Abstracts (first author)
Positive selection drives the transcriptional evolution of the Drosophila chemosensory gene families
The chemosensory system is involved in critical processes such as nutrition, reproduction and social communication, being therefore crucial for the survival of animals. In insects, the early steps of the chemosensory process are mediated by proteins encoded in multigene families, including extracellular ligand-binding proteins (OBPs, CSPs and CheBs) and membrane receptor proteins (ORs, GRs and IRs). Since the ability to discriminate chemical stimuli (and thus the individual fitness) depends on such gene families, positive selection may promote their transcriptional evolution as an adaptation to external environment changes.
Here we examined the transcriptional changes underlying the adaptive evolution of the chemosensory gene families. In particular, we analysed the OBP gene cluster organisation, the turnover of cis-regulatory elements, and the patterns of polymorphism and divergence at the upstream regions of the genes of these chemosensory families. For that, we integrated information from diverse genome-wide data sets, such as the expression pattern, chromatin state and promoter architecture of the confined genes.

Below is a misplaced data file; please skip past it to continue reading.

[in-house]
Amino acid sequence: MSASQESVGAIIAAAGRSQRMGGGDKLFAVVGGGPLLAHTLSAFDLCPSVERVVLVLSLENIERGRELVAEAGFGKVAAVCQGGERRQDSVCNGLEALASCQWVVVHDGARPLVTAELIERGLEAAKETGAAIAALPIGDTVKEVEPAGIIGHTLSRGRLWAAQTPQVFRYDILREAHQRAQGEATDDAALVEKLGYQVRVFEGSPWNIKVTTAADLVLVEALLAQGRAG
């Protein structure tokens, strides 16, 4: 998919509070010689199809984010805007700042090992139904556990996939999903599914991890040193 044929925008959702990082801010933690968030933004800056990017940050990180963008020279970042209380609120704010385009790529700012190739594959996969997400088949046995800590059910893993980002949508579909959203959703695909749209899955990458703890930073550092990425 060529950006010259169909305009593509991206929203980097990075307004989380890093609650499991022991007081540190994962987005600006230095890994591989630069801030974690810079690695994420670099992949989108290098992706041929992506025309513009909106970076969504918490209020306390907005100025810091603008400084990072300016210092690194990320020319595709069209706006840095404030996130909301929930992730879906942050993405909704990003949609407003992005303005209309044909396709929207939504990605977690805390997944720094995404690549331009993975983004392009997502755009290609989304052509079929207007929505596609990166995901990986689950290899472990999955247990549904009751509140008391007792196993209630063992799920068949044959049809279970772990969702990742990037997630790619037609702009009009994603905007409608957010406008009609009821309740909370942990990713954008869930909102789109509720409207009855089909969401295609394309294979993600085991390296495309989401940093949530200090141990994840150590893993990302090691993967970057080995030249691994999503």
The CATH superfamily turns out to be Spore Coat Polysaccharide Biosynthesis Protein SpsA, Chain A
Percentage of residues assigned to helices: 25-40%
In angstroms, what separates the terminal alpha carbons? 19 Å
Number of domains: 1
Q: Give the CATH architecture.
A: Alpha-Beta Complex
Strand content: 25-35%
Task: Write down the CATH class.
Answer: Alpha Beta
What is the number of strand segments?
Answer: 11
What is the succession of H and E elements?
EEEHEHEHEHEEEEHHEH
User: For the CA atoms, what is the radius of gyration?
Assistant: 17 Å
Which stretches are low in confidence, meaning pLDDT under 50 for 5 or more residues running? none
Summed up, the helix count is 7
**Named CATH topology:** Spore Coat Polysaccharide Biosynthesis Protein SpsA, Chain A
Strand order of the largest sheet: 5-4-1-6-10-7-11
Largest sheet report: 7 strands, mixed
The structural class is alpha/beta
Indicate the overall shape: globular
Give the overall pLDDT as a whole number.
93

We found that chromatin domains play an important role in the maintenance of the OBP clusters by restricting the location of genes to regions with the appropriate transcriptional environment: low expression intensity, high expression breadth and noise. These elevated noise levels may be adaptive, by increasing the behavioural plasticity in front external changing environments. Moreover, we also identified the positive selection signature at the nucleotide variability of the upstream chemosensory regions, as well as in the turnover of cis-regulatory elements. Therefore, our results show that positive selection has driven the transcriptional evolution of the chemosensory gene families.